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Monday, Oct. 20, 2014

In our opinion: Airport expansion reflects the growing vitality of Utah's national and global links

Deseret News editorial

Published: Fri, July 25 12:00 a.m. MDT

 Rendering of the $1.8 billion terminal redevelopment project of the Salt Lake City International Airport.

Rendering of the $1.8 billion terminal redevelopment project of the Salt Lake City International Airport.

(Provided by Salt Lake City International Airport)

The forthcoming expansion of the Salt Lake International Airport, one of the largest public works projects in Utah history, will have a sizable impact on the efficiency of domestic and international air travel. It will also elevate the stature of the community it serves in a way that will pay dividends for decades to come.

The dimensions of the project are impressive. At $1.8 billion, the cost is comparable to that of the giant rebuilding of I-15 through the Salt Lake Valley, which cost $1.5 billion in 2001 dollars. It will cost more than the sprawling National Security Agency complex in Bluffdale, and carries a price tag slightly higher than the total amount of money the state spends annually on all transportation construction and operations.

It will be paid for with revenue from fees and taxes associated with travel and not require any new levies on Utah citizens. The expansion will contribute more than $3.3 billion to the state’s economy and employ 24,000 people during the eight-year construction period. The effect on the airport itself will be transformative.

It’s important to note that Salt Lake International is already one of the country’s best airports. It ranks 94th among the world’s top 100 airports, and is one of only 15 American airports on that list. It is currently ranked as the most efficient airport in the U.S. as measured by the percentage of on-time arrivals and departures. It is the 21st busiest airport in the country, even though the Salt Lake metropolitan area ranks 35 in population.

The new airport will be even busier, more efficient and in terms of aesthetics, a sleeker, grander and more welcoming threshold for the millions of visitors who pass through its gates. For many, it will deliver their first impression of Utah, and architectural plans suggest that impression will be a good one. The terminals will have glass walls that offer floor-to-ceiling views of the Wasatch range and will incorporate design elements planners say are intended to convey a “sense of place.”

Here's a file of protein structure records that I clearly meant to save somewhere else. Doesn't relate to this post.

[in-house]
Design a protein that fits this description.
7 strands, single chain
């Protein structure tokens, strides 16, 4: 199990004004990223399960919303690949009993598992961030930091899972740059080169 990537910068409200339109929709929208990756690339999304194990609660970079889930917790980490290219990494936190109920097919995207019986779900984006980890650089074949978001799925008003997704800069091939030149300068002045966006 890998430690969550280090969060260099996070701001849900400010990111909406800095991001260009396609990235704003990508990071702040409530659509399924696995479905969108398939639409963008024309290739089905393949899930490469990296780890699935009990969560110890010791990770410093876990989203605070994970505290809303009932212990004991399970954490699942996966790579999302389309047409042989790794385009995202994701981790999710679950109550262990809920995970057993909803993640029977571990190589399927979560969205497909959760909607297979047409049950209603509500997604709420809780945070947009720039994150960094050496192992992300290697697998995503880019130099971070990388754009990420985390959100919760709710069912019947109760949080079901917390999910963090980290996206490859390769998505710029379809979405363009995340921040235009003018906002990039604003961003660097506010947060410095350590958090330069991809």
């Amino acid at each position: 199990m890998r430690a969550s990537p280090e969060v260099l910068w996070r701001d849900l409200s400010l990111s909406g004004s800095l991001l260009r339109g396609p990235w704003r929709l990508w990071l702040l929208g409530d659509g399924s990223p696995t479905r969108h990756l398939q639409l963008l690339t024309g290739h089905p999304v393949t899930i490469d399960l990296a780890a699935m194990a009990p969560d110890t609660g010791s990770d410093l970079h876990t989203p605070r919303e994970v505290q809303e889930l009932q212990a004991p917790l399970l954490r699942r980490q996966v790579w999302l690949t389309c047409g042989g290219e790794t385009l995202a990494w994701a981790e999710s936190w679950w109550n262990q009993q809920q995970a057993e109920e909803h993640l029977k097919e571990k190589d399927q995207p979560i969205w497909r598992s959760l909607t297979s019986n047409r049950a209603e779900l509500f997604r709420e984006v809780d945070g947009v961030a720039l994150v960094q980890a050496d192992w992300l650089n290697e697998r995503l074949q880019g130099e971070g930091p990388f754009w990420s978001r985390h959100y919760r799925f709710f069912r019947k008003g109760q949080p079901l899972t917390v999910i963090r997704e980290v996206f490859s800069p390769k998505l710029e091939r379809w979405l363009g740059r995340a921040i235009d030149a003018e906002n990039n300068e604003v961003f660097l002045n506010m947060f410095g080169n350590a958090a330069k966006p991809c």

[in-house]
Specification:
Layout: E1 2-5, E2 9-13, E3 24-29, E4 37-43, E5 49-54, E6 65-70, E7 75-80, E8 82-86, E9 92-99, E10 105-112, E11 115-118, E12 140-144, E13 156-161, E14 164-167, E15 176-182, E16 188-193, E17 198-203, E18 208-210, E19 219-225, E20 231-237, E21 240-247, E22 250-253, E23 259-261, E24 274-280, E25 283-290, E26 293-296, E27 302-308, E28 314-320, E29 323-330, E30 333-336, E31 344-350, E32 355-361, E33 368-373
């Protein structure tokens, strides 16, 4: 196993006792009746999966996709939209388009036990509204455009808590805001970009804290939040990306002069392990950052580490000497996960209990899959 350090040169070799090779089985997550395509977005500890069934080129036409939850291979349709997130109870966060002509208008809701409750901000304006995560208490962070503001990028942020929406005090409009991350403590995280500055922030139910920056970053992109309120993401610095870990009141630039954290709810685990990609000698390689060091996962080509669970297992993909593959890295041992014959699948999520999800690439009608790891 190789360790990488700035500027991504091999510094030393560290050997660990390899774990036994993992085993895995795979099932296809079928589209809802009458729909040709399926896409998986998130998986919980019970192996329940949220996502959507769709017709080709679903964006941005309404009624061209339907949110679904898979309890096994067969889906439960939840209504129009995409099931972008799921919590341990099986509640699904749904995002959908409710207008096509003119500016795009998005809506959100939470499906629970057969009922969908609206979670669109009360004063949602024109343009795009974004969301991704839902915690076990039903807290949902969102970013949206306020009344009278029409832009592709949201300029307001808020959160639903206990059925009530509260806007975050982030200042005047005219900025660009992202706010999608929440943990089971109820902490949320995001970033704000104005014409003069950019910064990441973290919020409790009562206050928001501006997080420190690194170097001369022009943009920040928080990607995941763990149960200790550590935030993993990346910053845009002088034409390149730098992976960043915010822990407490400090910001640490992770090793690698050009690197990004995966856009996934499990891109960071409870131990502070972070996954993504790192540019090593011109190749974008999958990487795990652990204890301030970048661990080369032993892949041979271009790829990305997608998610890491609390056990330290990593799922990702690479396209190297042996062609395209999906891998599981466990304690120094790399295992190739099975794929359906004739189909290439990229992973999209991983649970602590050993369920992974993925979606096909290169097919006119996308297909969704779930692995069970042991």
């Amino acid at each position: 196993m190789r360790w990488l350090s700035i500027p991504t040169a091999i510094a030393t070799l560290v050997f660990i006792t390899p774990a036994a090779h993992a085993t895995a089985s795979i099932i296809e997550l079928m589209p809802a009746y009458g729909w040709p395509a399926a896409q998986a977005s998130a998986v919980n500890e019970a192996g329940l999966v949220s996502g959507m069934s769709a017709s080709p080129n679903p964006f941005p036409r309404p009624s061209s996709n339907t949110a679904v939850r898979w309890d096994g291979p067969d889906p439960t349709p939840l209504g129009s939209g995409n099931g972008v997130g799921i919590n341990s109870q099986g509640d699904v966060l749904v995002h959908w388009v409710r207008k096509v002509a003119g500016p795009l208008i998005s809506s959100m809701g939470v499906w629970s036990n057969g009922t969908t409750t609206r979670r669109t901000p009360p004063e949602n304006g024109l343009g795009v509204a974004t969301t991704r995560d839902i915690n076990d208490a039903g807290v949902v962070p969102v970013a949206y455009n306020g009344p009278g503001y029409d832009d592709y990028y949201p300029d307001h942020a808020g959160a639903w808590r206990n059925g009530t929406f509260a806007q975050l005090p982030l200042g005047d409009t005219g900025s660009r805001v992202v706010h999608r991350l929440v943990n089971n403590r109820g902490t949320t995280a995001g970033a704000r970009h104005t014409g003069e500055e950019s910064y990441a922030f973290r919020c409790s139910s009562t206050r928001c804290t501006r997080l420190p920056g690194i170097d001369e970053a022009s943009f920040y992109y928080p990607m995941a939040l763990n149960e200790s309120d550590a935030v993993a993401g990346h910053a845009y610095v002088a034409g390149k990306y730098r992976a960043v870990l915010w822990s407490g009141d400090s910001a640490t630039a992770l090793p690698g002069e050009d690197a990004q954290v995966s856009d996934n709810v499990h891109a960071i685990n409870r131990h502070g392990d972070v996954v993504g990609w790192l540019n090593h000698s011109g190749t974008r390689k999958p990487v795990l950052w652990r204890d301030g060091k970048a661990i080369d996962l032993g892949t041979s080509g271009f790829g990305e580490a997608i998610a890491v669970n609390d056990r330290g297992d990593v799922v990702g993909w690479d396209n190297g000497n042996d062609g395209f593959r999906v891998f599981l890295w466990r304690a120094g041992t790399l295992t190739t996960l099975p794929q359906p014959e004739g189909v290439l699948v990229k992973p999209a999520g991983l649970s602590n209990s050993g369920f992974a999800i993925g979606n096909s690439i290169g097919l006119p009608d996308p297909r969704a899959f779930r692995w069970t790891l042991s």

The logistics of rebuilding an airport while keeping it fully operational means there will be some level of disruption. Planners promise it will be minimal, and in any case, the end result should justify temporary inconveniences.

In an increasingly interconnected world, an airport is among the most important components of a city’s infrastructure. Aside from serving the utilitarian purposes of air travel, the new Salt Lake Airport will also serve as a proper reflection of the area’s growing cultural and economic vitality.

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1. aceroinox
Farmington, UT,
July 25, 2014

As nice as it is to have something new and shiny, the $1.8 billion is not free money. It comes from federal grants (which last I checked come from our taxes) and user fees. Which population uses the SLC airport more than any other? Utahns!

Yes, you can argue the grant funding is spread across all US taxpayers, but that ignores the fact that Utah taxpayers are also participating in the funding for grants all across the country...these grants add up! During a period when the federal deficit is ballooning out of control, it's hard to celebrate our new airport because it's going to better accommodate those greeting arriving passengers and enable grand views of the surrounding mountains (which are easily viewed during landing and takeoff, unless it's overcast, in which case they wouldn't be seen from the terminal, either).

It is very difficult to complain about budget deficits when we are all too eager to stick our hand out for federal largesse when it benefits us. It is time to bite the bullet and live a bit smaller!

2. high school fan
Huntington, UT,
July 25, 2014

The grants do not come from the taxpayer but from the fund that all aviation users pay into to cover exactly things like this. This is a dedicated fund with dedicated uses.
This is a great move since so much of the salt lake airport is old.

3. mufasta
American Fork, UT,
July 25, 2014

That airport expansion somehow relates to the vitality of the state is a terrible logical jump. The reason the airport is expanding is because they maintain a special dispensation budget that requires that they use it or lose it. If they do not spend their money, the are required to give it back to the state. That is why they are always performing some useless construction at the airport. Lets be honest in our reporting.

4. Tyler McArthur
South Jordan, UT,
July 25, 2014

Wow, lots of negative comments... I think this is great! And with no new/increased taxes. I love the fact that I'm from Utah, with the best state government in the country.

5. 1conservative
WEST VALLEY CITY, UT,
July 25, 2014

There's no such thing as "free money".

I would have been interested to see what would have happened if the airport authority would have done an (unbiased)poll of air travelers (the ones who actually are forced to pay the additional tax)how they felt about the issue.

Utah politicians are at least as good at spending other peoples money as bureaucrats in D.C. They dream up all kinds of "nice" stuff (freeways, taj mahal police buildings, rail lines, etc)and don't have much problem at all in committing large amounts of YOUR tax dollars to pay for their dreams.

Of course, then they hire the best spinmeisters they can to make it look like we're not really paying anything at all!